Eurofound’s Flagship report series 'Challenges and prospects in the EU' comprise research reports that contain the key results of multiannual research activities and incorporate findings from different related research projects. Flagship reports are the major output of each of Eurofound’s strategic areas of intervention and have as their objective to contribute to current policy debates.
Eurofound’s European Company Survey (ECS) maps and analyses company policies and practices which can have an impact on smart, sustainable and inclusive growth, as well as the development of social dialogue in companies. This series consists of outputs from the ECS 2019, the fourth edition of the survey. The survey was first carried out in 2004–2005 as the European Survey on Working Time and Work-Life Balance.
This series reports on and updates latest information on the involvement of national social partners in policymaking. The series analyses the involvement of national social partners in the implementation of policy reforms within the framework of social dialogue practices, including their involvement in elaborating the National Reform Programmes (NRPs).
This series reports on the new forms of employment emerging across Europe that are driven by societal, economic and technological developments and are different from traditional standard or non-standard employment in a number of ways. This series explores what characterises these new employment forms and what implications they have for working conditions and the labour market.
The European Company Survey (ECS) is carried out every four to five years since its inception in 2004–2005, with the latest edition in 2019. The survey is designed to provide information on workplace practices to develop and evaluate socioeconomic policy in the EU. It covers issues around work organisation, working time arrangements and work–life balance, flexibility, workplace innovation, employee involvement, human resource management, social dialogue, and most recently also skills use, skills strategies and digitalisation.
The fifth round of Eurofound's e-survey, fielded from 25 March to 2 May 2022, sheds light on the social and economic situation of people across Europe two years after COVID-19 was first detected on the European continent. It also explores the reality of living in a new era of uncertainty caused by the war in Ukraine, inflation, and rising energy prices.
As part of a process to collect information on essential services, the European Commission (DG EMPL) requested Eurofound to provide input on certain aspects of existing and planned measures in the Member States to improve access to essential services, in reference to Principle 20 of the European Pillar of Social Rights. The scope of the exercise included energy services, public transport and digital communications, and the focus was on people at risk of poverty or social exclusion (in practice, people on low incomes in most cases).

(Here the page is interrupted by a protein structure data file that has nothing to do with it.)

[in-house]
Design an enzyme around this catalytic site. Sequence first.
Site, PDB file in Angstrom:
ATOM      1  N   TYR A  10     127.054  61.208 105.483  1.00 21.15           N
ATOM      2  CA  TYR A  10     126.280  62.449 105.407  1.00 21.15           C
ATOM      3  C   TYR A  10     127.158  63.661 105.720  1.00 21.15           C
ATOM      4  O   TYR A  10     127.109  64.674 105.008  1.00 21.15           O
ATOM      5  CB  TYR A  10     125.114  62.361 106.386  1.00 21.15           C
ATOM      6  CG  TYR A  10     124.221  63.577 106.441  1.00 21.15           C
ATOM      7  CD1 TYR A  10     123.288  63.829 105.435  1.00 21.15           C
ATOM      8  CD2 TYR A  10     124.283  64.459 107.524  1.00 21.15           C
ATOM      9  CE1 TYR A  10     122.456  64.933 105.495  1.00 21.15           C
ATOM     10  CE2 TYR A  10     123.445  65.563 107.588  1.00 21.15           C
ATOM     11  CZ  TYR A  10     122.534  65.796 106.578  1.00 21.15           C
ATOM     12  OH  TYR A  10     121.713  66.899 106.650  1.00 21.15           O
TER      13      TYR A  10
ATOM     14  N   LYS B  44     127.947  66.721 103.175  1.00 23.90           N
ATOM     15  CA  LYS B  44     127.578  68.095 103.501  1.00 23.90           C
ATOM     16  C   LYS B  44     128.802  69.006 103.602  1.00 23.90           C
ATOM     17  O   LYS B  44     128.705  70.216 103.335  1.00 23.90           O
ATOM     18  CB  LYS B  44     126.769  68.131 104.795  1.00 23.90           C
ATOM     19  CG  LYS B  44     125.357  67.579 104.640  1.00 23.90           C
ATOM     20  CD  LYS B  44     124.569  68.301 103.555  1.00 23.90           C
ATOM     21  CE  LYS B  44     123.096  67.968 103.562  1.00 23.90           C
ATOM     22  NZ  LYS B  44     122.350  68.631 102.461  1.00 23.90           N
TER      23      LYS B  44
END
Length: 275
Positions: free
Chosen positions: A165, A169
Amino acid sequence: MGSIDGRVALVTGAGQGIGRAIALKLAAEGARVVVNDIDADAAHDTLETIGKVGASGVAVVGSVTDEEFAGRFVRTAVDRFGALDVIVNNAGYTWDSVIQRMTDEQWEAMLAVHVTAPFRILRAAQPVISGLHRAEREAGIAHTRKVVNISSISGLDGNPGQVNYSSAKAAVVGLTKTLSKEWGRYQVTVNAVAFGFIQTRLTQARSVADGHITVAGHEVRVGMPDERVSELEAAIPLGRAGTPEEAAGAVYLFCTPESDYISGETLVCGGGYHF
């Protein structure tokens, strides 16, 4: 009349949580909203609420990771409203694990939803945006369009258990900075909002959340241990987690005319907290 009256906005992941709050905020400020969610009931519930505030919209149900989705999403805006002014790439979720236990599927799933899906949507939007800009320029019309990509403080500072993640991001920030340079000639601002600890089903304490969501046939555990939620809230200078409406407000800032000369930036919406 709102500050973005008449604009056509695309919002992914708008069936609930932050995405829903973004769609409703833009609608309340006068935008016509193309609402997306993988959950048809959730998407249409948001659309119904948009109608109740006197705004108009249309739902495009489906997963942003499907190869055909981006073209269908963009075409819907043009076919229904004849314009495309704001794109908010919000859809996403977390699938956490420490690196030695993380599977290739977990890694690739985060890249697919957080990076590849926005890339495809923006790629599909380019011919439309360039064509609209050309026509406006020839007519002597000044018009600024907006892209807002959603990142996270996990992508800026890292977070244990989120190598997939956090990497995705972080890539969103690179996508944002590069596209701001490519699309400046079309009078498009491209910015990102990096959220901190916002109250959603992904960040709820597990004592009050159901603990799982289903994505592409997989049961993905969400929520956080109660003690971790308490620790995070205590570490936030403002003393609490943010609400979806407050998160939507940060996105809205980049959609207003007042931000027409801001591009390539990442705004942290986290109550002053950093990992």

This report will map the existing regulations on telework in European Union Member States, including in legislation and collective agreements. It will present the most recent changes to these regulations and shed light on how the future of (tele)work could be regulated at both national and EU level, in order to improve working conditions in telework arrangements and reduce the risks associated with telework and with specific ways of working remotely.
The civil aviation sector has been deeply impacted by the COVID-19 pandemic. It is one of the most severe crises the sector has ever experienced, giving rise to a number of significant challenges for companies and workers alike. This study will explore the role of social dialogue and collective bargaining in how the sector is adapting to the pandemic. What kinds of changes have been introduced, either through social dialogue or collective bargaining? Are the changes temporary or permanent?
This report explores the association between skills use and skills strategies and establishment performance, and how other workplace practices, in terms of work organisation, human resources management and employee involvement, can impact on this. It looks at how skills shortages can be addressed, at least in part, by creating an environment in which employees are facilitated and motivated to make better use of the skills they already have. This further supports the business case for a more holistic approach to management.
This report focuses on trends and developments in collective bargaining that were evident from the onset of the COVID-19 pandemic. It examines potential new strategic approaches and priorities incorporated in negotiation agendas, as well as collective bargaining practices and coordination at sector and company levels in the private sector.
This policy brief will provide an update on upward convergence in the economic, social and institutional dimensions of the European Union, as outlined in the European Pillar of Social Rights and its accompanying Social Scoreboard.
Between 2021 and 2023 Eurofound is carrying out a pilot project on minimum wage on behalf of the European Commission. The question of how minimum wages and other forms of pay can be fixed for the self-employed is investigated as a part of this project through mapping national and sectoral approaches. Out of concern for the challenging conditions that the self-employed face, some Member States have established or are discussing establishing statutory forms of minimum pay for certain categories of self-employed.
This study provides information allowing for an assessment of the representativeness of the actors involved in the European sectoral social dialogue committee for the electricity sector. Their relative representativeness legitimises their right to be consulted, their role and effective participation in the European sectoral social dialogue and their capacity to negotiate agreements. The aim of this Eurofound study on representativeness is to identify the relevant national and European social partner organisations in the electricity sector in the EU Member States.
This study provides information allowing for an assessment of the representativeness of the actors involved in the European sectoral social dialogue committee for the gas sector. Their relative representativeness legitimises their right to be consulted, their role and effective participation in the European sectoral social dialogue and their capacity to negotiate agreements. The aim of this Eurofound’s study on representativeness is to identify the relevant national and European social partner organisations in the gas sector in the EU Member States.